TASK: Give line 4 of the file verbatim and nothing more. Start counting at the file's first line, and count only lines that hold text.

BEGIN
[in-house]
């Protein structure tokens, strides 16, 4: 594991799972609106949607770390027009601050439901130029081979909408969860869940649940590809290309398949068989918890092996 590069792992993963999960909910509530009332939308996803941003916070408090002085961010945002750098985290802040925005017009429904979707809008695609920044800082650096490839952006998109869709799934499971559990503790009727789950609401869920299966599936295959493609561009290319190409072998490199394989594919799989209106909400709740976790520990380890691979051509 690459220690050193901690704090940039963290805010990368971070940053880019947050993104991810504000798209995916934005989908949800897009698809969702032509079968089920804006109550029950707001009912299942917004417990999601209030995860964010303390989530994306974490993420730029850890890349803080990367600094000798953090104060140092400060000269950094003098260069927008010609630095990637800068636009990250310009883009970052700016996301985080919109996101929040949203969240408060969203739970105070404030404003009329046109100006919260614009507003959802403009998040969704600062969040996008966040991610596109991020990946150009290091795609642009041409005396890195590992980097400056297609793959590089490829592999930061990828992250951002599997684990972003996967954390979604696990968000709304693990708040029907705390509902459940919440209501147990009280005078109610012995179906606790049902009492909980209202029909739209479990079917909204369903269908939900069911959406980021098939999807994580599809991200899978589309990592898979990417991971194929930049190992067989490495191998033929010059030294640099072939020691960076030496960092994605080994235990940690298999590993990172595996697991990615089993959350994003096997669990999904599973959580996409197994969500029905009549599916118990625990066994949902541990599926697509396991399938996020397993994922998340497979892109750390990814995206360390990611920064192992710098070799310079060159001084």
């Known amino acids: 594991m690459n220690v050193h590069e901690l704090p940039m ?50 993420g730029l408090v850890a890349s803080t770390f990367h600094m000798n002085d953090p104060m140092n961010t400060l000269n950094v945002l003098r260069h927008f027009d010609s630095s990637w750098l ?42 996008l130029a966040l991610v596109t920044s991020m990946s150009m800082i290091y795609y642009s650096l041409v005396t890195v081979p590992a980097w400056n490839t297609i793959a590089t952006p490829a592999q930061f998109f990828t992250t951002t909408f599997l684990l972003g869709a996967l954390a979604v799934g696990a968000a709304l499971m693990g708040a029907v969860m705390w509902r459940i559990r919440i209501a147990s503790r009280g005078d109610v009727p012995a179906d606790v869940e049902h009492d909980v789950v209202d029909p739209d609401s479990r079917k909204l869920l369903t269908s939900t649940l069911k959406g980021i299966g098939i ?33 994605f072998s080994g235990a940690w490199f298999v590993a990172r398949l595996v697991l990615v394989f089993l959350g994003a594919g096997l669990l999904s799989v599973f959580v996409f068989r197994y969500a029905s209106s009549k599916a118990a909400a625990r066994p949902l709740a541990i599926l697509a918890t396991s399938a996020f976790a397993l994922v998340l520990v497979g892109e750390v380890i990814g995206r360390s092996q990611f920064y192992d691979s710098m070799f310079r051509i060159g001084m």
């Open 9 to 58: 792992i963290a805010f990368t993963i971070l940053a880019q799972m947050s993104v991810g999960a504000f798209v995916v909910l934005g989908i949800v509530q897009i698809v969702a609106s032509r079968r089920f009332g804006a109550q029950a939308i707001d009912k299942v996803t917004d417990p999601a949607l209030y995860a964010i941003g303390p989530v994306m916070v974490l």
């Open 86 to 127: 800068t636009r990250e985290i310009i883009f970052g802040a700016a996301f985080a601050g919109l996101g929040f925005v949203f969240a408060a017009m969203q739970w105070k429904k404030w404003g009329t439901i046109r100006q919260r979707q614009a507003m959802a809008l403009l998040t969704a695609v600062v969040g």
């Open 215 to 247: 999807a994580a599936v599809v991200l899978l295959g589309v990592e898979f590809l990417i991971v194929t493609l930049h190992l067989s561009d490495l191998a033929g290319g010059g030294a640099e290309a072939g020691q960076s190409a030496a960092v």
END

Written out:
């Open 9 to 58: 792992i963290a805010f990368t993963i971070l940053a880019q799972m947050s993104v991810g999960a504000f798209v995916v909910l934005g989908i949800v509530q897009i698809v969702a609106s032509r079968r089920f009332g804006a109550q029950a939308i707001d009912k299942v996803t917004d417990p999601a949607l209030y995860a964010i941003g303390p989530v994306m916070v974490l």